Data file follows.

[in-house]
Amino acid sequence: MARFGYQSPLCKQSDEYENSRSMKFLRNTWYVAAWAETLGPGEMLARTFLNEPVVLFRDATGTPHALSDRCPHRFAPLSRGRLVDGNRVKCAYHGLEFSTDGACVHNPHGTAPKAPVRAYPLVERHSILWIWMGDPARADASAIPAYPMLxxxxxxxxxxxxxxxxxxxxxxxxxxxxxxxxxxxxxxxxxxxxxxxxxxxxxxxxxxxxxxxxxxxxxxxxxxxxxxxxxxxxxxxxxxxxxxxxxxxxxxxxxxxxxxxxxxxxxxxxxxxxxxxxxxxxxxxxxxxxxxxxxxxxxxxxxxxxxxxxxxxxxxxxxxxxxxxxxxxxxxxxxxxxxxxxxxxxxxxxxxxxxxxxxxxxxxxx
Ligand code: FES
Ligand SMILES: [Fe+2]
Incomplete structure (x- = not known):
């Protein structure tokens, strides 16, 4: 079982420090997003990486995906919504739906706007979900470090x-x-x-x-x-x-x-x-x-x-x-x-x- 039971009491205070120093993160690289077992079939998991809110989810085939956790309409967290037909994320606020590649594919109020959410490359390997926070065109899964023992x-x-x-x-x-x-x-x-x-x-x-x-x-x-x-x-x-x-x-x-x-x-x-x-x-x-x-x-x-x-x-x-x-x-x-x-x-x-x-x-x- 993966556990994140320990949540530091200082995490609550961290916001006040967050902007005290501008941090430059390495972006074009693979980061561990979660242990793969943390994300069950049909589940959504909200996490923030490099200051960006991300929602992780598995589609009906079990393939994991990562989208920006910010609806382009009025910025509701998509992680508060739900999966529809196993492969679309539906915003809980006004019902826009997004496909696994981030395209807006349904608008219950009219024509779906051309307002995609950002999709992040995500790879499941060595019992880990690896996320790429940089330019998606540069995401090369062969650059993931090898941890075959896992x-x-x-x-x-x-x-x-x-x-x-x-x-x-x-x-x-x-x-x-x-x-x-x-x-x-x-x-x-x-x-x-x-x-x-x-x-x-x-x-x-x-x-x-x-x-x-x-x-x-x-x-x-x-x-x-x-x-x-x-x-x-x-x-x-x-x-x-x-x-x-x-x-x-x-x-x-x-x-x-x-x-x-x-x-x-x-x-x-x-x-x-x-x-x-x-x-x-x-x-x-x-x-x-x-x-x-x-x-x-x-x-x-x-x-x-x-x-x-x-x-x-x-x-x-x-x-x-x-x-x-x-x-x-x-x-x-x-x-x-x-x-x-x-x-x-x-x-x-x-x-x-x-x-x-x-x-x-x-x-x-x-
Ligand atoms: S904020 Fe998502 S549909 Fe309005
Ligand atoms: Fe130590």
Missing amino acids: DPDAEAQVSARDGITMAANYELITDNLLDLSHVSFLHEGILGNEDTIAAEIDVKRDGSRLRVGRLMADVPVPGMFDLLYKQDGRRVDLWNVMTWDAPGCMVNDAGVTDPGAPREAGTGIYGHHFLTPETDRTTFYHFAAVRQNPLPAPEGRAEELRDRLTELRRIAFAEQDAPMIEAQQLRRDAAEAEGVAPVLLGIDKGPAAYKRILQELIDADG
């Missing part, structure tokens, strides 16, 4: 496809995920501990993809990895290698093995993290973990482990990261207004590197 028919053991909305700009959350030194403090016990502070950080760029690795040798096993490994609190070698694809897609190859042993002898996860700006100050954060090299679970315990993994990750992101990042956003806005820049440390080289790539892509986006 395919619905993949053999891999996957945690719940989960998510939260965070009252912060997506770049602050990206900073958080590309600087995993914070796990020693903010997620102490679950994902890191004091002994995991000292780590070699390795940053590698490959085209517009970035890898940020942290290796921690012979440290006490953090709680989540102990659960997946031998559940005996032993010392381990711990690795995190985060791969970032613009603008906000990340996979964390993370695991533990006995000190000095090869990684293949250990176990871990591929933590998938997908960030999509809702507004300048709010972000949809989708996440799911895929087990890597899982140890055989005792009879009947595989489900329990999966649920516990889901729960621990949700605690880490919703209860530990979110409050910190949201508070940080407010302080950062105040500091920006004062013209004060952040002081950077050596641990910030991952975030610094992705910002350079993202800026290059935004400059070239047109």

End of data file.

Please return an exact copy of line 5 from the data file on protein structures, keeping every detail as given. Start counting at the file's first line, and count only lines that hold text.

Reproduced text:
Incomplete structure (x- = not known):